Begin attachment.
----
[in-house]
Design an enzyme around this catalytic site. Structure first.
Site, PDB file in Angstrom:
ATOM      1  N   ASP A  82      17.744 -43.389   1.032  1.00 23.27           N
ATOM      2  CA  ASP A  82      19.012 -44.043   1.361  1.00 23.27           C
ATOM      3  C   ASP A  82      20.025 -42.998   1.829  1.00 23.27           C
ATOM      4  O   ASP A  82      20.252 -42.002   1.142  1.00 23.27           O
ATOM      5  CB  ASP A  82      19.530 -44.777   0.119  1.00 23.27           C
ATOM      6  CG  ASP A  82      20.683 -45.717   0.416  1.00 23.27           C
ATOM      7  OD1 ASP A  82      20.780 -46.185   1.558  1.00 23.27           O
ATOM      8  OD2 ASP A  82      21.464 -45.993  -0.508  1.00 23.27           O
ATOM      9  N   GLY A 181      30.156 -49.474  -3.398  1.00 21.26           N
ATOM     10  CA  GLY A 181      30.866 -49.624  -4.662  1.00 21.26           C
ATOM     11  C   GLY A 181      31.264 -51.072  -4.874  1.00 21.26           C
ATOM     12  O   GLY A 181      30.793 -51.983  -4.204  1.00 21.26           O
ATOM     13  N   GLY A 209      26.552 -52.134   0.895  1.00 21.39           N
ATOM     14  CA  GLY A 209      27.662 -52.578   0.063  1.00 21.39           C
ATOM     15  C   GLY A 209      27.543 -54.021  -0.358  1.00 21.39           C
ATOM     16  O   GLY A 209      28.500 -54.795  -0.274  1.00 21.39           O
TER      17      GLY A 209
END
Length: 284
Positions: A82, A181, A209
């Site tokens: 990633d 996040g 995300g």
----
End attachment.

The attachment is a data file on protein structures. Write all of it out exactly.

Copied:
[in-house]
Design an enzyme around this catalytic site. Structure first.
Site, PDB file in Angstrom:
ATOM      1  N   ASP A  82      17.744 -43.389   1.032  1.00 23.27           N
ATOM      2  CA  ASP A  82      19.012 -44.043   1.361  1.00 23.27           C
ATOM      3  C   ASP A  82      20.025 -42.998   1.829  1.00 23.27           C
ATOM      4  O   ASP A  82      20.252 -42.002   1.142  1.00 23.27           O
ATOM      5  CB  ASP A  82      19.530 -44.777   0.119  1.00 23.27           C
ATOM      6  CG  ASP A  82      20.683 -45.717   0.416  1.00 23.27           C
ATOM      7  OD1 ASP A  82      20.780 -46.185   1.558  1.00 23.27           O
ATOM      8  OD2 ASP A  82      21.464 -45.993  -0.508  1.00 23.27           O
ATOM      9  N   GLY A 181      30.156 -49.474  -3.398  1.00 21.26           N
ATOM     10  CA  GLY A 181      30.866 -49.624  -4.662  1.00 21.26           C
ATOM     11  C   GLY A 181      31.264 -51.072  -4.874  1.00 21.26           C
ATOM     12  O   GLY A 181      30.793 -51.983  -4.204  1.00 21.26           O
ATOM     13  N   GLY A 209      26.552 -52.134   0.895  1.00 21.39           N
ATOM     14  CA  GLY A 209      27.662 -52.578   0.063  1.00 21.39           C
ATOM     15  C   GLY A 209      27.543 -54.021  -0.358  1.00 21.39           C
ATOM     16  O   GLY A 209      28.500 -54.795  -0.274  1.00 21.39           O
TER      17      GLY A 209
END
Length: 284
Positions: A82, A181, A209
């Site tokens: 990633d 996040g 995300g």